Car Reviews

2018 Chrysler 300S AWD essentials: an all-weather luxury bruiser




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What is it: The 2018 Chrysler 300S is a continuation of the company’s big, strong-selling sedan with a rockin’ stereo and plenty of space for people and cargo. It’s one of the last traditional front-engine, rear-drive sedans on the market, though AWD is available for wintry locations.

Key Competitors: Dodge Charger AWD, Ford Taurus Limited, Nissan Maxima SR

Base Price: $39,390 As-Tested Price: $49,660

Full Review: 2017 Chrysler 300 review

Highlights: The 300S is a nice cruiser with a bit more sinister look than the other 300s. It comes standard with a 300-hp V6 but can also be specified with a Hemi V8. This one comes with about $10,000 in options, making it one of the most well-equipped examples you can find.

The 2018 Chrysler 300 offers the SafetyTec Plus Group, which adds full-speed forward collision warning, adaptive cruise control with full stop, lane departure warning with lane keep assist, blind-spot monitoring, rear cross path detection and more.

Our Opinion: Here we have a car going on 12 years old (6 in this generation), but in the case of the 300, that’s not a criticism. In fact I enjoyed my time behind the 300S’ wheel. It’s a big, comfortable car and goes down the road smoothly and quietly. Indeed noise has been cut and road manners are massaged enough to make the 300S feel quite a bit younger. Besides, all the modern, fancy stuff is here, at least in the S model I’m driving: heated and cooled seats, heated steering wheel, remote start, adaptive bixenon HID headlamps, front/rear park assist, blind spot and cross path detection … you get my drift.

The 3.6-liter V6 has good power, and if you want more Chrysler offers the Hemi for three grand additional. I’m torn on whether I’d go for the V8. The V6’s 300 hp feels like plenty in most instances. The smaller engine also feels like a good match for the silky eight-speed automatic. The more I drove the car, the more I kept asking myself if I’m missing the V8’s effortless power. Driving them both back to back would probably seal the deal one way or the other. For now there’s nothing lacking in the V6.

The 300S package means the suspension is a wee bit stiffer but nothing too firm. There is some body roll in corners, but this thing is big — it can’t be completely avoided I suppose. Overall, the car feels like it just wants to whisk you comfortably down the freeway forever. This one has all-wheel drive, and it helps in the snow we’ve been getting around here lately.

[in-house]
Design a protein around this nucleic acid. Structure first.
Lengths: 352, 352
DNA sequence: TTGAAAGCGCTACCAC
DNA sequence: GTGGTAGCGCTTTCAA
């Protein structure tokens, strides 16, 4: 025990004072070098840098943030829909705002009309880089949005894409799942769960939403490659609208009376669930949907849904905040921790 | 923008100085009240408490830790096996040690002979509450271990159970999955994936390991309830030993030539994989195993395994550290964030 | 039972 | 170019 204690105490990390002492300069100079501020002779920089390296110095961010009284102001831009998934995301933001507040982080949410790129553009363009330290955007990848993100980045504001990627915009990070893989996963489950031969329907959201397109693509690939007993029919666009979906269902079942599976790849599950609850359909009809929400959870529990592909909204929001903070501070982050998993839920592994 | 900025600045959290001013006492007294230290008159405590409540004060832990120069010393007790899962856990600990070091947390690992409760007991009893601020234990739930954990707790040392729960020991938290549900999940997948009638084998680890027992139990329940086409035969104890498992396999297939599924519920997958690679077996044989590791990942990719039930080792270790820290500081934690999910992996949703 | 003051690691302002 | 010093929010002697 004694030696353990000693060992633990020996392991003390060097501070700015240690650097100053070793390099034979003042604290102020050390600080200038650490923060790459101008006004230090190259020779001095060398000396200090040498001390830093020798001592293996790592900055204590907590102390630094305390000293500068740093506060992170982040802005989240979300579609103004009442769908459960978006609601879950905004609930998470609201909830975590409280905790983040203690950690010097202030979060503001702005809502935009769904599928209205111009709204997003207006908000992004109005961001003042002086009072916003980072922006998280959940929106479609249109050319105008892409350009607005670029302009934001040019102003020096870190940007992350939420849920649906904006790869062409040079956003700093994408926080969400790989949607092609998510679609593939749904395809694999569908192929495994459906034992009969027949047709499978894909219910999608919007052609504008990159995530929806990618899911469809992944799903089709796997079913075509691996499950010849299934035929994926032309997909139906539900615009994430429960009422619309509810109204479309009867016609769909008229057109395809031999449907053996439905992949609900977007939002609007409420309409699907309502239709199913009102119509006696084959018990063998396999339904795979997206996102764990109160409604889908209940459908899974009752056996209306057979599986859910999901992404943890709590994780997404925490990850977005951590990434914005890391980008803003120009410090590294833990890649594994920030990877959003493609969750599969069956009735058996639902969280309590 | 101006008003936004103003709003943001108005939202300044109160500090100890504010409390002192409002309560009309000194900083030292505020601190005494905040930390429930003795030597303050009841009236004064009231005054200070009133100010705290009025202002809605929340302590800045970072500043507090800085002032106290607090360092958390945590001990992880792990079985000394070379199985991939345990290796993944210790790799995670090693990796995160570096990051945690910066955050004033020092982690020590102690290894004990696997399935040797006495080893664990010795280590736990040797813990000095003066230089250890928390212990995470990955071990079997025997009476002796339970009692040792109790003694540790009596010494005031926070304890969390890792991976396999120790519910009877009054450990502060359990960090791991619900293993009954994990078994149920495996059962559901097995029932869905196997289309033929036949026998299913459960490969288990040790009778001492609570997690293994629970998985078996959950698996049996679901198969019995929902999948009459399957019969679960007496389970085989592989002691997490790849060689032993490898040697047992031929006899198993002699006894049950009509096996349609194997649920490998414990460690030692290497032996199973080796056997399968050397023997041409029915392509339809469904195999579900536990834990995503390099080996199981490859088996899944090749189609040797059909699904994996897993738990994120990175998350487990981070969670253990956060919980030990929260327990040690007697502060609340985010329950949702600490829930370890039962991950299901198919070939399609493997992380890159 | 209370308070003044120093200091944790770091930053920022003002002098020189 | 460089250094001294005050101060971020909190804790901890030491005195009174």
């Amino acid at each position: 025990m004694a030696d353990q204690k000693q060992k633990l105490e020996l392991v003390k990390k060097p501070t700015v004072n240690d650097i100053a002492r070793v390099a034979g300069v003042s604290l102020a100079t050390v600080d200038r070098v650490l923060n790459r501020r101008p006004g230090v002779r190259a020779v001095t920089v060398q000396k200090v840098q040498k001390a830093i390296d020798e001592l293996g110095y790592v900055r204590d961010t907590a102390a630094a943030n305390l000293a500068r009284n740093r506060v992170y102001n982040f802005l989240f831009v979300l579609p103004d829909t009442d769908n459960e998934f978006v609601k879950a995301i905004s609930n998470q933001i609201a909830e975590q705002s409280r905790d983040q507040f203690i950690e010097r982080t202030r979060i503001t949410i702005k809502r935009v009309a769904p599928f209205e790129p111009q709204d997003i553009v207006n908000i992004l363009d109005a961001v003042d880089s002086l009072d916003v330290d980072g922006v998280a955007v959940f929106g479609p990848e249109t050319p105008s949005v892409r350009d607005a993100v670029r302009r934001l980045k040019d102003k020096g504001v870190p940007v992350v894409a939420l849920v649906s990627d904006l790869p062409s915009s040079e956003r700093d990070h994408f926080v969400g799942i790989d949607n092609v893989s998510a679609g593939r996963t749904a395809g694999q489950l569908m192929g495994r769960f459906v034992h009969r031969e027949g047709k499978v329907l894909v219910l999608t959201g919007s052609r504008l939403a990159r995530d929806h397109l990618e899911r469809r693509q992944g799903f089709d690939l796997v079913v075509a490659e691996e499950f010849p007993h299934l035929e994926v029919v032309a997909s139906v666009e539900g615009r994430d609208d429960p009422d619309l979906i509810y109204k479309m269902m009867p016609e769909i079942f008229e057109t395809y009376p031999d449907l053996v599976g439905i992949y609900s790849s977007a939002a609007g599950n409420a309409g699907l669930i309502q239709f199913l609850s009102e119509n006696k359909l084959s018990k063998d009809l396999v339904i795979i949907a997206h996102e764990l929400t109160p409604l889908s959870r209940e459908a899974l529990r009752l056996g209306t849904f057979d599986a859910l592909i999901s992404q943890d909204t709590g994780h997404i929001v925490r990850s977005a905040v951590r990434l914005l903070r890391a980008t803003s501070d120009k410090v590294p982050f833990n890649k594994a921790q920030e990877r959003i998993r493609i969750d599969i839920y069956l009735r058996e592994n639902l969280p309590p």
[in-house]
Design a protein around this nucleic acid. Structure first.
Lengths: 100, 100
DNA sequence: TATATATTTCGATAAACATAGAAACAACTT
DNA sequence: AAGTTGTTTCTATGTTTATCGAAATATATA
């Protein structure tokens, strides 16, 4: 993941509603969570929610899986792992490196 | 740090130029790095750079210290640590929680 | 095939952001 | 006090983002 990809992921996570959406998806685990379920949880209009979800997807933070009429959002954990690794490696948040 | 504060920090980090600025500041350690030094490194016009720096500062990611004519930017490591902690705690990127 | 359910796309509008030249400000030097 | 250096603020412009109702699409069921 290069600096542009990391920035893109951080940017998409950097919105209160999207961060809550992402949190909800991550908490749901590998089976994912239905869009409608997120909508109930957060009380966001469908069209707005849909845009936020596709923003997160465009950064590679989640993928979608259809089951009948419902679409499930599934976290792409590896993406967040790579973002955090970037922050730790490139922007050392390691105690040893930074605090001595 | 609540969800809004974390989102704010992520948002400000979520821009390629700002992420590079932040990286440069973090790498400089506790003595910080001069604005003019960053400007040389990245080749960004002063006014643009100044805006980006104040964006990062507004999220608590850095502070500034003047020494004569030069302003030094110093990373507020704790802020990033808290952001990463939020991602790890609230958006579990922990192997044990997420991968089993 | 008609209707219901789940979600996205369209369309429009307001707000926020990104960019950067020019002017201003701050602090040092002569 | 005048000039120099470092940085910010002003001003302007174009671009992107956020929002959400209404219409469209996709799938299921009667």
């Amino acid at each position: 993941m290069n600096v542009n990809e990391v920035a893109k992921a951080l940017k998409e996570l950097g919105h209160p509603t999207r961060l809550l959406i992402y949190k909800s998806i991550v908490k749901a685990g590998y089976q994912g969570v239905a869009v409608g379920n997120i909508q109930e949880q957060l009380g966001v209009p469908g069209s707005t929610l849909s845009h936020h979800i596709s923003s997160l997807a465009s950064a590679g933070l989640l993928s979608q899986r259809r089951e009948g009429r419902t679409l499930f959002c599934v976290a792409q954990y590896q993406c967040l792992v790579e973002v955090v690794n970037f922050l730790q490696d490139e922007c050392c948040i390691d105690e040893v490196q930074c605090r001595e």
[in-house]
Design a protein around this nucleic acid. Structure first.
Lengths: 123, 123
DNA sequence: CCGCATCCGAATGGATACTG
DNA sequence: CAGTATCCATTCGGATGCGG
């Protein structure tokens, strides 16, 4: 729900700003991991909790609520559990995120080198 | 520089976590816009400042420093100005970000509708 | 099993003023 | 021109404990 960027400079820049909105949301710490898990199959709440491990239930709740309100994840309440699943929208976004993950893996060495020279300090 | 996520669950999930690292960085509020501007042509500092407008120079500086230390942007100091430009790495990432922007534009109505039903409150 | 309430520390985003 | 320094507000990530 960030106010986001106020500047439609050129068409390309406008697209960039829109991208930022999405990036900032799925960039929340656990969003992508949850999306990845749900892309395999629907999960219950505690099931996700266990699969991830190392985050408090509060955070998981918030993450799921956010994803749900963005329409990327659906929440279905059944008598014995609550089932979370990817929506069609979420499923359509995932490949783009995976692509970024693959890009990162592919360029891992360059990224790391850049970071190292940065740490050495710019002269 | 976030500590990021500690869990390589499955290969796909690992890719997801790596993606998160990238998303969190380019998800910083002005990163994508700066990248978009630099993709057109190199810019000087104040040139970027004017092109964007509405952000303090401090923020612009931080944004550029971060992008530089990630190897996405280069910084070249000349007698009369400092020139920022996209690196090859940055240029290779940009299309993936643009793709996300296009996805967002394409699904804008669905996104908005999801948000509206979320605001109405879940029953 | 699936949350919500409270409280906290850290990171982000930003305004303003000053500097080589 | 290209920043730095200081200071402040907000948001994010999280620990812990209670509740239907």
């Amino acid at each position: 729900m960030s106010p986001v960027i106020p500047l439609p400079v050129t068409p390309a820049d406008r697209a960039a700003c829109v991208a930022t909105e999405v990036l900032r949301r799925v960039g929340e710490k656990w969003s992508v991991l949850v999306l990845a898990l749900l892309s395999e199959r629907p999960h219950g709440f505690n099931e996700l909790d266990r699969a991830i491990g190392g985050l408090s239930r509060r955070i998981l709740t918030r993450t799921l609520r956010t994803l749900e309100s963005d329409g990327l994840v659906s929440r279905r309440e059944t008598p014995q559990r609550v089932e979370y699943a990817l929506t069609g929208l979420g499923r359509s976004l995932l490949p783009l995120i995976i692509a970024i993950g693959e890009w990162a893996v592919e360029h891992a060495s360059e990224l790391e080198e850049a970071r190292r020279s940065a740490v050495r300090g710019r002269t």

The S model also has paddle shifters, sport mode (quicker throttle response), blacked-out exterior accents and leather sport seats. The interior is starting to show its age some but is still nicely built. I prefer the upper models’ matte finish and open-grain wood. The S does house the optional Beats stereo, though, and it’s just a killer. I highly recommend spending the $995 for it.

Overall, the 300, even the S, is more cruiser than performance sedan, but it does what it does extremely well.

–Wes Raynal, editor



2018 Chrysler 300S leather interior

The 2018 Chrysler 300S gets paddle shifters and sport mode, performance suspension, leather-wrapped sport seats, exclusive piano black interior accents and available signature 10-speaker Beats Audio system.

Options: 300S Premium group with Uconnect 4C navigation with an 8.4-inch display, dual-pane panoramic sunroof, SiriusXM Traffic Plus, 5-year SiriusXM traffic service, SiriusXM Travel link 5-year travel link sub ($3,495), 300S Premium group 2 with adaptive bixenon HID headlamps, power tilt/telescope steering column, memory for radio, driver seat, and mirrors, front/rear park assist system, blind spot and cross-path detection, power backlight sunshade, heated steering wheel, heated second-row seats, driver’s auto-dimming exterior mirror, driver and passenger lower LED lamps, front and rear LED map pockets, exterior mirrors with turn signals and courtesy lamps, auto adjust-in-reverse exterior mirrors, ventilated front seats, trunk mat, door sill scuff pads, automatic headlamp leveling ($1,895), SafetyTec Plus group with full speed forward collision warning plus, adaptive cruise control w/ stop, lane departure warning, rain sensitive windshield wipers, automatic high beam headlamp control, advanced brake assist ($1,695), S Model appearance package — rear body-color spoiler, premium LED fog lamps, body-color fascia applique, body-color fascia ($1,495), Beats audio group — Beats audio 10 premium speakers including subwoofer, 552-watt amplifier ($995),  300S alloy package — 19 in. x 7.5 in. dark bronze aluminum wheels, liquid titanium chrome “Wing” badge, dark bronze badging, alloy floor mats, dark bronze surround & grille, titanium finish exhaust tips, dark bronze “AWD” badge ($695)

Wes Raynal

Wes Raynal

– Wes Raynal joined Crain Communications’ circulation department while still in college. When he graduated in 1986, he became a reporter for Autoweek sister publication Automotive News. He has worked as Autoweek’s associate editor, news editor, motorsports editor and executive editor before being named editor in 2009.

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On Sale: Now

Base Price: $39,390

As Tested Price: $49,660

Powertrain: 3.6-liter DOHC V6, AWD eight-speed automatic

Output: 300 hp @ 6,350 rpm; 264 lb-ft @ 4,800 rpm

Curb Weight: 4,267 lb

Fuel Economy: 18/27/21 mpg(EPA City/Hwy/Combined)

Pros: Quiet and comfortable at half the price of an S-Class

Cons: Not quite a performance sedan with the V6

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